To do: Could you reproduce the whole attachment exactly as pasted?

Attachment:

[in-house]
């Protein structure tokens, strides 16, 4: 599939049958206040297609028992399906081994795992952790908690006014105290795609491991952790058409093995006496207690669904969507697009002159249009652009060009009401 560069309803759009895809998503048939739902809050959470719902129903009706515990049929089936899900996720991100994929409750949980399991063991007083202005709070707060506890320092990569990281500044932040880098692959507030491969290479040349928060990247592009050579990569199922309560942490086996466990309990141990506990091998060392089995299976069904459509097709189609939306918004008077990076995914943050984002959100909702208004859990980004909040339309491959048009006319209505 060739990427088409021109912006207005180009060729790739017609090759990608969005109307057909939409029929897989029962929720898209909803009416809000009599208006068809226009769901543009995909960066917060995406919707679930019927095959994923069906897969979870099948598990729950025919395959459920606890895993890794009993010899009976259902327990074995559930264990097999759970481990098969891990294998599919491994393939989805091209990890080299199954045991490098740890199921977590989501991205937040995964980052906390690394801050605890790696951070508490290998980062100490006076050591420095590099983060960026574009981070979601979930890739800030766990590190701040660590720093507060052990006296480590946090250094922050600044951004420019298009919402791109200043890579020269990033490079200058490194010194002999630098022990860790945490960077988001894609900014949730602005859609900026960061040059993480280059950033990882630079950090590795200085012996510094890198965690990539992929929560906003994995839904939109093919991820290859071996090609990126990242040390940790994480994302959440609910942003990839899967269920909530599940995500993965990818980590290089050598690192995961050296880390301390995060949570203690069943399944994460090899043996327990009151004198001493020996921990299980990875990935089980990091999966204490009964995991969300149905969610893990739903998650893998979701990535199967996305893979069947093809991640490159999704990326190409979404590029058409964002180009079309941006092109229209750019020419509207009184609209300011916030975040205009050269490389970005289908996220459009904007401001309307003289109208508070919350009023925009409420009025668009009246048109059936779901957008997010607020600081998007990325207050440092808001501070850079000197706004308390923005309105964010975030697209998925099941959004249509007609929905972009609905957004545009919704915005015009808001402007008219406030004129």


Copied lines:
[in-house]
């Protein structure tokens, strides 16, 4: 599939049958206040297609028992399906081994795992952790908690006014105290795609491991952790058409093995006496207690669904969507697009002159249009652009060009009401 560069309803759009895809998503048939739902809050959470719902129903009706515990049929089936899900996720991100994929409750949980399991063991007083202005709070707060506890320092990569990281500044932040880098692959507030491969290479040349928060990247592009050579990569199922309560942490086996466990309990141990506990091998060392089995299976069904459509097709189609939306918004008077990076995914943050984002959100909702208004859990980004909040339309491959048009006319209505 060739990427088409021109912006207005180009060729790739017609090759990608969005109307057909939409029929897989029962929720898209909803009416809000009599208006068809226009769901543009995909960066917060995406919707679930019927095959994923069906897969979870099948598990729950025919395959459920606890895993890794009993010899009976259902327990074995559930264990097999759970481990098969891990294998599919491994393939989805091209990890080299199954045991490098740890199921977590989501991205937040995964980052906390690394801050605890790696951070508490290998980062100490006076050591420095590099983060960026574009981070979601979930890739800030766990590190701040660590720093507060052990006296480590946090250094922050600044951004420019298009919402791109200043890579020269990033490079200058490194010194002999630098022990860790945490960077988001894609900014949730602005859609900026960061040059993480280059950033990882630079950090590795200085012996510094890198965690990539992929929560906003994995839904939109093919991820290859071996090609990126990242040390940790994480994302959440609910942003990839899967269920909530599940995500993965990818980590290089050598690192995961050296880390301390995060949570203690069943399944994460090899043996327990009151004198001493020996921990299980990875990935089980990091999966204490009964995991969300149905969610893990739903998650893998979701990535199967996305893979069947093809991640490159999704990326190409979404590029058409964002180009079309941006092109229209750019020419509207009184609209300011916030975040205009050269490389970005289908996220459009904007401001309307003289109208508070919350009023925009409420009025668009009246048109059936779901957008997010607020600081998007990325207050440092808001501070850079000197706004308390923005309105964010975030697209998925099941959004249509007609929905972009609905957004545009919704915005015009808001402007008219406030004129």